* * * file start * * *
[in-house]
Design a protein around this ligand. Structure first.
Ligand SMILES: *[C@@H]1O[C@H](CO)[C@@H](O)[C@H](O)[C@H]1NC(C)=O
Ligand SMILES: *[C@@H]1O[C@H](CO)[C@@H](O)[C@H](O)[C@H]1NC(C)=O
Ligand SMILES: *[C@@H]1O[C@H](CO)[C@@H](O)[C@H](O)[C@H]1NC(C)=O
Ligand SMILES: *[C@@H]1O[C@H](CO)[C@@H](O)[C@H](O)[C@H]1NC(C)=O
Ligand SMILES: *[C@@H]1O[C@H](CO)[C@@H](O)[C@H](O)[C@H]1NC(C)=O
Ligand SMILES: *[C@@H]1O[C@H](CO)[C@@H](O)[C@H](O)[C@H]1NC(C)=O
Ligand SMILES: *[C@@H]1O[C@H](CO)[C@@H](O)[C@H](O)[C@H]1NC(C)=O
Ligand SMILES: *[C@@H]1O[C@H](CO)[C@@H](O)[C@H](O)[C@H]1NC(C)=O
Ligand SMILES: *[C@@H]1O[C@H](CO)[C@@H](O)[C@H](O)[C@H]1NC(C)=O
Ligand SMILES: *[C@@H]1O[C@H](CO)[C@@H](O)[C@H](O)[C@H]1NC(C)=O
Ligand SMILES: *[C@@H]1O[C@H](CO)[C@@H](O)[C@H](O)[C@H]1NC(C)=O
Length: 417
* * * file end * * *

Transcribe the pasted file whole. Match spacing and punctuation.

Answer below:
[in-house]
Design a protein around this ligand. Structure first.
Ligand SMILES: *[C@@H]1O[C@H](CO)[C@@H](O)[C@H](O)[C@H]1NC(C)=O
Ligand SMILES: *[C@@H]1O[C@H](CO)[C@@H](O)[C@H](O)[C@H]1NC(C)=O
Ligand SMILES: *[C@@H]1O[C@H](CO)[C@@H](O)[C@H](O)[C@H]1NC(C)=O
Ligand SMILES: *[C@@H]1O[C@H](CO)[C@@H](O)[C@H](O)[C@H]1NC(C)=O
Ligand SMILES: *[C@@H]1O[C@H](CO)[C@@H](O)[C@H](O)[C@H]1NC(C)=O
Ligand SMILES: *[C@@H]1O[C@H](CO)[C@@H](O)[C@H](O)[C@H]1NC(C)=O
Ligand SMILES: *[C@@H]1O[C@H](CO)[C@@H](O)[C@H](O)[C@H]1NC(C)=O
Ligand SMILES: *[C@@H]1O[C@H](CO)[C@@H](O)[C@H](O)[C@H]1NC(C)=O
Ligand SMILES: *[C@@H]1O[C@H](CO)[C@@H](O)[C@H](O)[C@H]1NC(C)=O
Ligand SMILES: *[C@@H]1O[C@H](CO)[C@@H](O)[C@H](O)[C@H]1NC(C)=O
Ligand SMILES: *[C@@H]1O[C@H](CO)[C@@H](O)[C@H](O)[C@H]1NC(C)=O
Length: 417